We agreed to abide by a spending cap, to receive some gubernatorial campaign money. Other groups are allowed to make "independent" expenditures, but they essentially couldn't talk to my campaign. I hired a media consultant to help create some TV ads. We shot a whole bunch of footage. What happened next is where the problem arose. The media consultant sold some of that footage to the Republican Party, which began airing ads with that footage included. My media consultant thought there was nothing wrong, as long as the party leaders were the ones who decided when and how the party was going to buy ads. The Independence Party filed complaints with the Campaign Finance Board, which found that the campaign may have violated the rules. Nobody had intended to do anything wrong, much less illegal. We accepted the finding without further contesting that matter. My campaign negotiated to accept the party's spending as counting toward our cap and to pay $100,000 or so in fines. The total impact was about $600,000.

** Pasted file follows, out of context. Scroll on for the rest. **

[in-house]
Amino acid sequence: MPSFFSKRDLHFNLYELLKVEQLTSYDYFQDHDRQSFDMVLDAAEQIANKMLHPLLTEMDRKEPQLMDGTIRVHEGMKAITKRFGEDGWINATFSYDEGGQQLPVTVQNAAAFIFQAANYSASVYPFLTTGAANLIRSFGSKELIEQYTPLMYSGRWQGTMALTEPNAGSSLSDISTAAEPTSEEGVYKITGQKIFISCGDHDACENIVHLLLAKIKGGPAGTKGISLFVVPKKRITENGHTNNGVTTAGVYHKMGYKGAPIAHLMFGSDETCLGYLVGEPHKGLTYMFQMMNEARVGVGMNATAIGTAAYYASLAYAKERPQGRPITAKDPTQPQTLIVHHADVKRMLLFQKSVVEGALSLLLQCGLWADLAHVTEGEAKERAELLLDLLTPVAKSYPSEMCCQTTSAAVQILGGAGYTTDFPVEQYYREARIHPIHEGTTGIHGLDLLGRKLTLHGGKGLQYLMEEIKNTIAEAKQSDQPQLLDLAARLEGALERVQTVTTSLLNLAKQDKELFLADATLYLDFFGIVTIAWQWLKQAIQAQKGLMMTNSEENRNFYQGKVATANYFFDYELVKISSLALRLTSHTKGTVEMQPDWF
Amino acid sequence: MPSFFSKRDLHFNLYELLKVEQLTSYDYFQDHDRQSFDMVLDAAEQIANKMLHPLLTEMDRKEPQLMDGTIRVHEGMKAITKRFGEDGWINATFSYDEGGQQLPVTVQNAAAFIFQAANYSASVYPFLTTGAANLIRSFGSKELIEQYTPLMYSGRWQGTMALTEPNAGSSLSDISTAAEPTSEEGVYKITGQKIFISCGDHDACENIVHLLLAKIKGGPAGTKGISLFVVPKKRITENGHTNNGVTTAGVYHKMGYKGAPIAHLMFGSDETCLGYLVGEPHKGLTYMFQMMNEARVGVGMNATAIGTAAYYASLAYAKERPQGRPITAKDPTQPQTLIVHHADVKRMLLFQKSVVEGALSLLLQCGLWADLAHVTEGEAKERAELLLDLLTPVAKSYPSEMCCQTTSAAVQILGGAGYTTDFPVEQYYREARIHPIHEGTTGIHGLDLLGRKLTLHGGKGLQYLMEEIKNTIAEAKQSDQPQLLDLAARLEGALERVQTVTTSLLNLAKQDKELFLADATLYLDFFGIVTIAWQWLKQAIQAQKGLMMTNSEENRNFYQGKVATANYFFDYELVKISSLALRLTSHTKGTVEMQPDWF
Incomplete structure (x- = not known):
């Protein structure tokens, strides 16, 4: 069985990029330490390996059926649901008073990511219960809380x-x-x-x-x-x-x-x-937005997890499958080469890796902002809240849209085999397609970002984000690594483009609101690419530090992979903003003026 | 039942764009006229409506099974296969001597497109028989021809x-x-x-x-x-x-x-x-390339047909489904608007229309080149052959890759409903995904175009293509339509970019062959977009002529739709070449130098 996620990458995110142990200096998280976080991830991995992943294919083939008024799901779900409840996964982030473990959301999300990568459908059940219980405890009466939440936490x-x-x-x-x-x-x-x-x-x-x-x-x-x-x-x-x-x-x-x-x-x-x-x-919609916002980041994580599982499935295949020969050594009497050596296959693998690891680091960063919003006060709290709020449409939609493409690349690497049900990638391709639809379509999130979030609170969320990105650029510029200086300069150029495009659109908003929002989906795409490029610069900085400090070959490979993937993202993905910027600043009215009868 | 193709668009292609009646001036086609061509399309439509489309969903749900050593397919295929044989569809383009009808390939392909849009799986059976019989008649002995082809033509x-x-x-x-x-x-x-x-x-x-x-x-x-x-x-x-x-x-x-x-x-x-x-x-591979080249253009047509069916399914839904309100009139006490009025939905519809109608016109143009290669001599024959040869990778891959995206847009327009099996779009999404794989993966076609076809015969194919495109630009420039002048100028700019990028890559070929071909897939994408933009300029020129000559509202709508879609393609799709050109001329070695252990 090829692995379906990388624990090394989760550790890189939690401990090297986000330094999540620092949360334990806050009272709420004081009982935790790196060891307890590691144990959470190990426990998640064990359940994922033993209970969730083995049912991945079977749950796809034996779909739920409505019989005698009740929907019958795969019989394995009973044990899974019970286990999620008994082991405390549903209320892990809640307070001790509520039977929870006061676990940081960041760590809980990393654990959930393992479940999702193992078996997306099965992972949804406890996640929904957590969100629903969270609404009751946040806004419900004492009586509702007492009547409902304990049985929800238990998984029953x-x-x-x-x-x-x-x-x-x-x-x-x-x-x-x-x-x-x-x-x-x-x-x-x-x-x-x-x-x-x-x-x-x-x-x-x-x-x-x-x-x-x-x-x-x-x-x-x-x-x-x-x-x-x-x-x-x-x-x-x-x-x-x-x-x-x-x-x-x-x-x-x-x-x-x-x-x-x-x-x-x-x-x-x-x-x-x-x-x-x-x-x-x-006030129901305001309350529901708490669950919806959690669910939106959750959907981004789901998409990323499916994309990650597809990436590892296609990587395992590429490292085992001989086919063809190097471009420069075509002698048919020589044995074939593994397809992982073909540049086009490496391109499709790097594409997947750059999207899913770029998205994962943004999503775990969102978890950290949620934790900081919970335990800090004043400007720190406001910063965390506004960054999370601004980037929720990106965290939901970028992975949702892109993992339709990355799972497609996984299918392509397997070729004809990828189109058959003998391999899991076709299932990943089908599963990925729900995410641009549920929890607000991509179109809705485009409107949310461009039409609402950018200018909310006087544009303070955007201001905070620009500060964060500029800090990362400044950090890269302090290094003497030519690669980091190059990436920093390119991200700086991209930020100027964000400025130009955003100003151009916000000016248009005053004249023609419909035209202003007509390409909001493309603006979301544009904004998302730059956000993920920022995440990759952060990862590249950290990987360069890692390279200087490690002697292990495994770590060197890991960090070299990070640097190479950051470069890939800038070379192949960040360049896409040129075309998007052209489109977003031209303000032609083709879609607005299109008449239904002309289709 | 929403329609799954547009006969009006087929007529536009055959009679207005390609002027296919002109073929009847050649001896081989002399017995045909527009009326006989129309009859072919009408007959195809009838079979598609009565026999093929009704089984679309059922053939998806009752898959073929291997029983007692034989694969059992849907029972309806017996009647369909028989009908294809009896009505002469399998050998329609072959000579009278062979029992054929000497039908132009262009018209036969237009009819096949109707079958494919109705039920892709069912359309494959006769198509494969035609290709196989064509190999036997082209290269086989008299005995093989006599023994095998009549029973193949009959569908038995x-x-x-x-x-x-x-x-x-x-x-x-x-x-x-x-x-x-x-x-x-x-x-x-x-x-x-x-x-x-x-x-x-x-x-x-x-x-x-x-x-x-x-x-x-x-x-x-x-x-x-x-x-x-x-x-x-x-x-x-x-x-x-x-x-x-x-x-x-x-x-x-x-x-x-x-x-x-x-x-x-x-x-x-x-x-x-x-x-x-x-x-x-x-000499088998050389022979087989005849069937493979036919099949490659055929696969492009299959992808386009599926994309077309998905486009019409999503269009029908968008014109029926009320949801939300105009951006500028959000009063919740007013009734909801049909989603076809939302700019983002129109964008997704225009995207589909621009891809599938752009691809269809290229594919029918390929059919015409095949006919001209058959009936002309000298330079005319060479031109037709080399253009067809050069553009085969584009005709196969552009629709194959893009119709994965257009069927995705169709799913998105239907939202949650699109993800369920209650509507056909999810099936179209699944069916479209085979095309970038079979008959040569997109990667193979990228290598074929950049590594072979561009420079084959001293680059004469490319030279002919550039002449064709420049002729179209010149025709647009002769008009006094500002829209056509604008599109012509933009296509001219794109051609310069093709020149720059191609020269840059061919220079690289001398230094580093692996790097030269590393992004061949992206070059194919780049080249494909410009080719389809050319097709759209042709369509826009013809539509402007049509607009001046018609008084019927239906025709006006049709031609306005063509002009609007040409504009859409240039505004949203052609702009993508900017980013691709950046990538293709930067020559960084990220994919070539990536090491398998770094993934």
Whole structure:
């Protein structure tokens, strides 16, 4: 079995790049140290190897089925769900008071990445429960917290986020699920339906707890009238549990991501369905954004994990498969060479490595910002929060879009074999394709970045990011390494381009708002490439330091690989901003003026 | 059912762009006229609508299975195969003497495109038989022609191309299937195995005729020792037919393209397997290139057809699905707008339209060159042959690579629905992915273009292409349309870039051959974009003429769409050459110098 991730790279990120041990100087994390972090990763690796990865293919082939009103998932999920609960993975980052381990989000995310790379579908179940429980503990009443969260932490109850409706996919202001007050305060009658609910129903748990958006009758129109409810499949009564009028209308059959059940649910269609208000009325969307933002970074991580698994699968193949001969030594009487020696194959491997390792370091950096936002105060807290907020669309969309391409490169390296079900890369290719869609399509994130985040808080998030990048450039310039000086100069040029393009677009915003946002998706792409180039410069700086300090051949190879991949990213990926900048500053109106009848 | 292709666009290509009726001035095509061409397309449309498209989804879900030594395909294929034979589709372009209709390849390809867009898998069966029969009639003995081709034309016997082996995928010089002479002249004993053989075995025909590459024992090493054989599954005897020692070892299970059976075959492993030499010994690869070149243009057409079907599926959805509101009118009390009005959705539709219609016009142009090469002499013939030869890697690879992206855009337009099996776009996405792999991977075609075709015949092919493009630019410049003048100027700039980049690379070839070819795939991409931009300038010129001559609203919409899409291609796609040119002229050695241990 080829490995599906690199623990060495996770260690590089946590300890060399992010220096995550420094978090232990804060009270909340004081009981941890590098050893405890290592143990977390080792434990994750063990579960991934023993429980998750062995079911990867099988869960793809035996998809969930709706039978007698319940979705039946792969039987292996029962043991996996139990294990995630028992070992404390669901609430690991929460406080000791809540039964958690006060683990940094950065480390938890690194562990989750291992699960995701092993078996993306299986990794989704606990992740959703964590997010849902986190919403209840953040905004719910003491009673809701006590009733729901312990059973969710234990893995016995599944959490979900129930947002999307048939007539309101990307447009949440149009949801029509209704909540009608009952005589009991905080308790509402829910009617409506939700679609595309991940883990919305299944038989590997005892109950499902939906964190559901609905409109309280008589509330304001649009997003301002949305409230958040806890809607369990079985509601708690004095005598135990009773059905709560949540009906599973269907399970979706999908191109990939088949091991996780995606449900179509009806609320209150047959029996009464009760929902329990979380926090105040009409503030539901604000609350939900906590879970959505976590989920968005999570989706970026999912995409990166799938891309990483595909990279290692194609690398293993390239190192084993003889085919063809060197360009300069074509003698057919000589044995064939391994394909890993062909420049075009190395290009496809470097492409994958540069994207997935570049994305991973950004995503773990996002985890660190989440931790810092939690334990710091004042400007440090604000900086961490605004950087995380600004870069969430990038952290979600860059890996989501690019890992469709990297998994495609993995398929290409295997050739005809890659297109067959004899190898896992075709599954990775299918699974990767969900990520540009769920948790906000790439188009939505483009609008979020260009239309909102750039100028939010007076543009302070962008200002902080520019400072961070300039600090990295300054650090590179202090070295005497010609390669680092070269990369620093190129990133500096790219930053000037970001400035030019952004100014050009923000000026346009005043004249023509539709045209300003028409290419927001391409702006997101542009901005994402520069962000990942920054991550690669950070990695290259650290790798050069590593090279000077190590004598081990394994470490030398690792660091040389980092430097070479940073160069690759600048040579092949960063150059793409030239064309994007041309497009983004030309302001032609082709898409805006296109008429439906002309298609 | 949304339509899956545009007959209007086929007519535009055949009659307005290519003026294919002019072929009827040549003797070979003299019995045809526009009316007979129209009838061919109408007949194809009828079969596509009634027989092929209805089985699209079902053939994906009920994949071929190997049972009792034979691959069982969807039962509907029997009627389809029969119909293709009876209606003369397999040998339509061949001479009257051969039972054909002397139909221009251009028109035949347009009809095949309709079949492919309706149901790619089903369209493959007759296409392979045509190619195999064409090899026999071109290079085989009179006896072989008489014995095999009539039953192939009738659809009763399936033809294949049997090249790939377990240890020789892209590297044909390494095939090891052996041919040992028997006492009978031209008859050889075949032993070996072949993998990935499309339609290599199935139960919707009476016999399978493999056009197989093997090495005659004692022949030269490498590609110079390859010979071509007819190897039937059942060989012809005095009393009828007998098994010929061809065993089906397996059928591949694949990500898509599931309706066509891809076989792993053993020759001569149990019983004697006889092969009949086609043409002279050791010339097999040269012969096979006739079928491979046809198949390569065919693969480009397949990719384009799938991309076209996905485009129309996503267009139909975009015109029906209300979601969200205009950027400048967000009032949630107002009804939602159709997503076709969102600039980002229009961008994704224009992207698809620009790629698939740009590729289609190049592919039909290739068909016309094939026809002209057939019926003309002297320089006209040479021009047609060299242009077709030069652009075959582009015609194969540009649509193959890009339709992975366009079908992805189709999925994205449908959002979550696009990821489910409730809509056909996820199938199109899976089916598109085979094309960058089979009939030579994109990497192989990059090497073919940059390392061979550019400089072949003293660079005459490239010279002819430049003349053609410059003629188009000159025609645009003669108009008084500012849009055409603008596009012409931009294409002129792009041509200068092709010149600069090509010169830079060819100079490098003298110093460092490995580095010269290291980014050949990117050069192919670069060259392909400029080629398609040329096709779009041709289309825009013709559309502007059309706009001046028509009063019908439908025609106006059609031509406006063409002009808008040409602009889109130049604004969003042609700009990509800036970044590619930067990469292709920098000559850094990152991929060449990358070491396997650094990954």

The campaign paid the fines leveled and Pawlenty went on to win the election and serve two terms.
3. Pawlenty's campaign treasurer was charged with deceiving homeowners facing foreclosure
While Pawlenty was governor in 2004, his re-election campaign treasurer Ron Esau resigned after being charged with running a scheme that allegedly took advantage of families undergoing foreclosure on their homes. The "equity-stripping scheme...targeted families facing foreclosure by offering to buy their houses and sell them back for what they owed plus interest," the Associated Press reported at the time. Instead of selling the homes to the families facing foreclosure with just interest included, the company involved with Esau sold it back to them at full market value plus equity instead. Esau ultimately settled and paid restitution over the charges.
Pawlenty said he knew nothing of Esau's business practices and ultimately parted ways with him. "We have intentionally separated campaign activities, my official office and regulatory matters," Pawlenty said in a written statement in February 2004. "I am hopeful the concerns raised by Rob's private business practices will be addressed and resolved in a matter that is fair to all concerned."
Esau was later banned from dealing in residential mortgages, and the Minnesota Commerce Department fined him $10,000, half the amount recommended by Assistant Attorney General Michael Tostengard, who prosecuted the company.